Confronting Economic Theory with Empirical Practice
Chapter 2: Some Classic Views on Entrepreneurship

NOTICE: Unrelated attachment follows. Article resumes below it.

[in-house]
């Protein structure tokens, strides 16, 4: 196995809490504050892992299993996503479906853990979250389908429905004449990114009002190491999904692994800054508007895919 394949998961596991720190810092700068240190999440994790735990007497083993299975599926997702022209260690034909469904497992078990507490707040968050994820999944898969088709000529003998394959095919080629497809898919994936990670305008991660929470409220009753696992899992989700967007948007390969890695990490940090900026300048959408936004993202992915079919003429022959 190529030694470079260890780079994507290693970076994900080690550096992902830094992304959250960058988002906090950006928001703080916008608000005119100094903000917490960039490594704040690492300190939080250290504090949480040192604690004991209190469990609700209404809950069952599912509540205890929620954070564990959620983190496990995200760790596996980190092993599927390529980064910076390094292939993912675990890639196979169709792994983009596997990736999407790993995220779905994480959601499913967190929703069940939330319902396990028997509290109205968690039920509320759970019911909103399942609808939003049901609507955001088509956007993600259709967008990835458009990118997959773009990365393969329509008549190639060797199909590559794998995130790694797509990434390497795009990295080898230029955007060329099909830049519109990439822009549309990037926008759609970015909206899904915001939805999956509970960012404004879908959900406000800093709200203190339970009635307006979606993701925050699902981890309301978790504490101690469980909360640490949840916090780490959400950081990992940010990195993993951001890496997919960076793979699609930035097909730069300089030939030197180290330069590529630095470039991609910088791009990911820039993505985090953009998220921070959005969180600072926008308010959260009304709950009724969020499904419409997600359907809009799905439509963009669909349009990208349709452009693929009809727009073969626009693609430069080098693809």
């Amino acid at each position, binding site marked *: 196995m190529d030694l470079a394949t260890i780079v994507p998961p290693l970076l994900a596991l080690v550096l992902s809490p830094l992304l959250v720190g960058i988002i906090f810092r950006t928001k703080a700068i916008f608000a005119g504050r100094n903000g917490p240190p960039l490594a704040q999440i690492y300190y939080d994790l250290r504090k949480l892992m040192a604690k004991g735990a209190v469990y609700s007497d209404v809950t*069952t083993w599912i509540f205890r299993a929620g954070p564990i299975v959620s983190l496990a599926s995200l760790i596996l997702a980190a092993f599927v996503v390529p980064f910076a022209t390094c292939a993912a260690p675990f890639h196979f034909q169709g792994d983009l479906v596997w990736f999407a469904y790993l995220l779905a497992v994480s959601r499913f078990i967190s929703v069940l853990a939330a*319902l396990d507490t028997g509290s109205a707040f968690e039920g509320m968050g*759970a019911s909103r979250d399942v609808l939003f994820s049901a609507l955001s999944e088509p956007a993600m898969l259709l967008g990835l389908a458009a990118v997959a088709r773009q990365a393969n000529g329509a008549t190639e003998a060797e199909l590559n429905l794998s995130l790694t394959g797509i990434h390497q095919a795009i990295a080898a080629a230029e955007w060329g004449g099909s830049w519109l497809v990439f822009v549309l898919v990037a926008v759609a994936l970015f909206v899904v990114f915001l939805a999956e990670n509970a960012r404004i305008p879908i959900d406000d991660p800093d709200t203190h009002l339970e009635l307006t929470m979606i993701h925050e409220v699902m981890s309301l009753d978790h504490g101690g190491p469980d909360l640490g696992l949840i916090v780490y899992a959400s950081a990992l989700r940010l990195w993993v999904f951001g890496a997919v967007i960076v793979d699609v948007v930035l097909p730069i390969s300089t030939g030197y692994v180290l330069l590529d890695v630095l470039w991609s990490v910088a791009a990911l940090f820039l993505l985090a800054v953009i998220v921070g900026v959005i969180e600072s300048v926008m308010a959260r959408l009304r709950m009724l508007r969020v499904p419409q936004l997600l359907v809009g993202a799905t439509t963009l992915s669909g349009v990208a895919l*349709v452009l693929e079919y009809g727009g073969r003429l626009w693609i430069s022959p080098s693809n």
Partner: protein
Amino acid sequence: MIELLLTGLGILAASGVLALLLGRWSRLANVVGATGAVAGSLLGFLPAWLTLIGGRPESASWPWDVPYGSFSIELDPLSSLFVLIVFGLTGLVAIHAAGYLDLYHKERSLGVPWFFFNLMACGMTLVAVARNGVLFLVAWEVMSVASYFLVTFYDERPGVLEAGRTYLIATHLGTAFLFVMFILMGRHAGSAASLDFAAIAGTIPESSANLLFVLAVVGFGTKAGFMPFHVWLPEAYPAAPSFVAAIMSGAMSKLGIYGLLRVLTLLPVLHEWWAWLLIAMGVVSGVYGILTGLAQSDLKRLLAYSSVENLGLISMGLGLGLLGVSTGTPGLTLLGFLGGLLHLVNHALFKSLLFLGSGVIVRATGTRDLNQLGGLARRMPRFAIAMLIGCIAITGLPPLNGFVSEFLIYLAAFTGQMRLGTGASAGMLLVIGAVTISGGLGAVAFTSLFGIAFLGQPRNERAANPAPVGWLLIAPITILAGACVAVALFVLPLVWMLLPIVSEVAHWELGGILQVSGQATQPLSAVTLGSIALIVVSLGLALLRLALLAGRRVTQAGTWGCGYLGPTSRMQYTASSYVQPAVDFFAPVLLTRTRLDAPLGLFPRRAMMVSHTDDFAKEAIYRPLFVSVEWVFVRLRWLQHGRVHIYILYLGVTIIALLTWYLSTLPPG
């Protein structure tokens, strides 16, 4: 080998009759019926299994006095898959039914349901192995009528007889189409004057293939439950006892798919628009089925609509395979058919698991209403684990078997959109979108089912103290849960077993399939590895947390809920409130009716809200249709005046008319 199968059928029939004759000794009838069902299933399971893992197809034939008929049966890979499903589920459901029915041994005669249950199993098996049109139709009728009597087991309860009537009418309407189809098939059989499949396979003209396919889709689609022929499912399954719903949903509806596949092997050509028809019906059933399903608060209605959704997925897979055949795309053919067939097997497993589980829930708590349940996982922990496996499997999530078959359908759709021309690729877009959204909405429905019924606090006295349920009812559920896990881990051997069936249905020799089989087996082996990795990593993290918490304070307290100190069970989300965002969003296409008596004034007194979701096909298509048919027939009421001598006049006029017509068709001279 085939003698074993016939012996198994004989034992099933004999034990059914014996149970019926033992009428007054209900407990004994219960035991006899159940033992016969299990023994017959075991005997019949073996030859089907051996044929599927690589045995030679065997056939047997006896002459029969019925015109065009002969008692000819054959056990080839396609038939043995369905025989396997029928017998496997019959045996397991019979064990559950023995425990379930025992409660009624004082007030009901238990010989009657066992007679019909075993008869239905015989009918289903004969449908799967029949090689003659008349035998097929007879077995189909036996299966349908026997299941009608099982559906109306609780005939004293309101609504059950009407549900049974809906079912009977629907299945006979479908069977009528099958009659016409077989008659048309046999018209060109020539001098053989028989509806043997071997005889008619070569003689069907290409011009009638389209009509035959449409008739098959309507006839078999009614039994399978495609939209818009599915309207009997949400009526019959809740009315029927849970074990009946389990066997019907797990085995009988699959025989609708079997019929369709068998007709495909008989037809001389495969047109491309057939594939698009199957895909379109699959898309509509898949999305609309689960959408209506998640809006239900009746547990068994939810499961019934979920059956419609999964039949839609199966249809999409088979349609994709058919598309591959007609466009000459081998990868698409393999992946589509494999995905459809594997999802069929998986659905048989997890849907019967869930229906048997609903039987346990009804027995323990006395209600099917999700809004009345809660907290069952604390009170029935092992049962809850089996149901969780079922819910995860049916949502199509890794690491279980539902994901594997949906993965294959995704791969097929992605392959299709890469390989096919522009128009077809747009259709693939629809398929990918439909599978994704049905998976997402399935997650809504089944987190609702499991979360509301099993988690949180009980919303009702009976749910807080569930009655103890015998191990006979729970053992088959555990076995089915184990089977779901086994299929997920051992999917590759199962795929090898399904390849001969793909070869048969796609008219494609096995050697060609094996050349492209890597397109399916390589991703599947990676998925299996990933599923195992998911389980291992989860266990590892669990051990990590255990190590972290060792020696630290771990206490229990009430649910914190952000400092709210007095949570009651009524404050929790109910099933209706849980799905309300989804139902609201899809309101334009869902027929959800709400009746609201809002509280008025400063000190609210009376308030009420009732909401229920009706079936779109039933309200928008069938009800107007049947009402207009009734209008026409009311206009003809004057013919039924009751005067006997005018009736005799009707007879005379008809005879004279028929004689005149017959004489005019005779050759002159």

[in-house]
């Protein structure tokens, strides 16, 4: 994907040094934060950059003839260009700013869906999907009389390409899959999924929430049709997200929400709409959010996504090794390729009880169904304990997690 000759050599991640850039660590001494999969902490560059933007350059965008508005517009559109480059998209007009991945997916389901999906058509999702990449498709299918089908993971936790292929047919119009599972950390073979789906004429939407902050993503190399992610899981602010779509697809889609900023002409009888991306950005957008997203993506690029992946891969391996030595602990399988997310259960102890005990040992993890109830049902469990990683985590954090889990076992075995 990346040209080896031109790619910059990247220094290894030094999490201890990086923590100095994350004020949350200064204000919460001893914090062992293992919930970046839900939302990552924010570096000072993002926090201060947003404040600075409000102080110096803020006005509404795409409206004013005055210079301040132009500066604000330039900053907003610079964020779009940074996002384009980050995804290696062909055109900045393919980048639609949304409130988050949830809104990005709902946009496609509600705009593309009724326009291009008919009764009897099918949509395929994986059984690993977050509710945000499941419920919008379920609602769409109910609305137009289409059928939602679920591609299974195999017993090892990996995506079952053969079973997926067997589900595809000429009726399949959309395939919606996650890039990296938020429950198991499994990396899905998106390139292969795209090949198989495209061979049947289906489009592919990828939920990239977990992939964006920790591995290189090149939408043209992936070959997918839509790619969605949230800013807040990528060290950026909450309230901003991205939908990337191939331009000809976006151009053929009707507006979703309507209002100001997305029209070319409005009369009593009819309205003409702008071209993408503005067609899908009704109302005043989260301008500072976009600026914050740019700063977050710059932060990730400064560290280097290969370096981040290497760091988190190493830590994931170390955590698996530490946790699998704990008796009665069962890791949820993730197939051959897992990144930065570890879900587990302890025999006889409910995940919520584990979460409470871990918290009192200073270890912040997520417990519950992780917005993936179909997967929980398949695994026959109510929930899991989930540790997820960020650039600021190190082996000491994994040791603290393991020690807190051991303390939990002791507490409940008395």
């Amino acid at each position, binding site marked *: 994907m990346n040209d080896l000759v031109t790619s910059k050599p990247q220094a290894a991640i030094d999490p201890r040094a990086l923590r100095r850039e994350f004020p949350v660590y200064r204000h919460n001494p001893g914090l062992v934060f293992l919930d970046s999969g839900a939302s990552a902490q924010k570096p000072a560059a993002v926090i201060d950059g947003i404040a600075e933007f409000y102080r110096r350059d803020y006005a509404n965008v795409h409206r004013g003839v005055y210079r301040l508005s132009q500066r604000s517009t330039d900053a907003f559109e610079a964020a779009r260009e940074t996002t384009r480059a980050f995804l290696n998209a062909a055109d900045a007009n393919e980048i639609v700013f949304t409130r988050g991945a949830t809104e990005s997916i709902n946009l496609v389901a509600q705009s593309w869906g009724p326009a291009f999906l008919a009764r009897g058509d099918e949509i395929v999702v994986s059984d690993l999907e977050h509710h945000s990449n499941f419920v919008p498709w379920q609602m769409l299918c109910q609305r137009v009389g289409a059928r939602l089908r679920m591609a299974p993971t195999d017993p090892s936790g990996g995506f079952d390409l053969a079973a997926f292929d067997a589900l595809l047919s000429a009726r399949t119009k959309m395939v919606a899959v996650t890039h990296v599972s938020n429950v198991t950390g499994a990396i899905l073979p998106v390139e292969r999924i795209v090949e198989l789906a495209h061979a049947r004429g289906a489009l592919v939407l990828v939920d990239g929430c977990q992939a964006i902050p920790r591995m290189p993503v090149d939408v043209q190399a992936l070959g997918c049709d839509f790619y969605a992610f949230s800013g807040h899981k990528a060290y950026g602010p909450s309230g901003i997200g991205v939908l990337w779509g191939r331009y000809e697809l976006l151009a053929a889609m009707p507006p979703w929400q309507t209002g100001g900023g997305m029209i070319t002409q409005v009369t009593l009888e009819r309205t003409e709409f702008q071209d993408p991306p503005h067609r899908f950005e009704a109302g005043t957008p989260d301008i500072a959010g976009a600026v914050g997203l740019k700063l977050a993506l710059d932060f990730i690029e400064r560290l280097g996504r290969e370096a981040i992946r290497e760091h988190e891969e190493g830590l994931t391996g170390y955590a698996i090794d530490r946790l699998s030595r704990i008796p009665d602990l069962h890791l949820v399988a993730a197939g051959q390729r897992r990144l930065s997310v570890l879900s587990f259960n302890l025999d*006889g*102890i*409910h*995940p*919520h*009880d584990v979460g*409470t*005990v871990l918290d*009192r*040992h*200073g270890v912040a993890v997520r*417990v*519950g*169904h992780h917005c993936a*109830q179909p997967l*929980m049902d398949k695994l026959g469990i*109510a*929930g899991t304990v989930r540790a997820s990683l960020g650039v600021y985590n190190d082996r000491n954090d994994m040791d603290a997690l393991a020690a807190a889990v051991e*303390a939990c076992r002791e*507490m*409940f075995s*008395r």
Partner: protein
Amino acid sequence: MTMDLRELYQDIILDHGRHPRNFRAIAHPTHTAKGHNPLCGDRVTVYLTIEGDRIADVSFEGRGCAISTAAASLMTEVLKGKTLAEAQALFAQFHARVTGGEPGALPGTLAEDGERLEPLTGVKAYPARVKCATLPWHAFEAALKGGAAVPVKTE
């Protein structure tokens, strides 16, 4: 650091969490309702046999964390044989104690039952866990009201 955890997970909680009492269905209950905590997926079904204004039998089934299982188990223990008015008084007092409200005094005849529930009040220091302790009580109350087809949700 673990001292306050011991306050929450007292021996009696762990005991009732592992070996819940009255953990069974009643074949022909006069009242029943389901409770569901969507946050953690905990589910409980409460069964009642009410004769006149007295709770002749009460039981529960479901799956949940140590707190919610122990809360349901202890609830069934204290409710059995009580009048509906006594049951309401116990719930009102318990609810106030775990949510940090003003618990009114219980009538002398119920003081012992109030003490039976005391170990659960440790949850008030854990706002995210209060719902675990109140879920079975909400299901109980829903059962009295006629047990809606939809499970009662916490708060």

In order to solve the many problems of today both in the private and the public sectors, entrepreneurial activity on a large scale, based on a sensitive and innovative attitude, guided by a broad concept of welfare, is needed even more than before. (Heertje, 1982, p. 91) Introduction Given the importance of entrepreneurship in economic practice today, the question readily arises: what is its role in economic theory and how did it develop? In order to answer this question, I shall review some mainstream historical contributions to the theory of entrepreneurship, which started to develop halfway through the eighteenth century.1 Historically, philosophers of science did not hold entrepreneurs in high esteem. Entrepreneurs were not at all regarded as enhancing society’s wellbeing. Making a proﬁt, the economic deﬁnition of the pecuniary return to entrepreneurship, had been perceived as robbery ever since Aristotle introduced the persistent idea of economic activity as a ‘zero-sum-game’, that is, one man’s gain is another man’s loss. Today, however, scientists and policy makers do acknowledge the importance of the entrepreneur’s role in society (see Chapter 1). Thus, economic value is created when potentially unsuccessful start-ups are prevented, or even better, when they are turned into successful ones. Moreover, potentially successful entrepreneurs who do not start, should be motivated and/or oﬀered this opportunity in order to increase economic value. Determinants of entrepreneurial start-up and success can serve as an instrument for gaining insight into the manner in which this value can be enhanced through appropriate...
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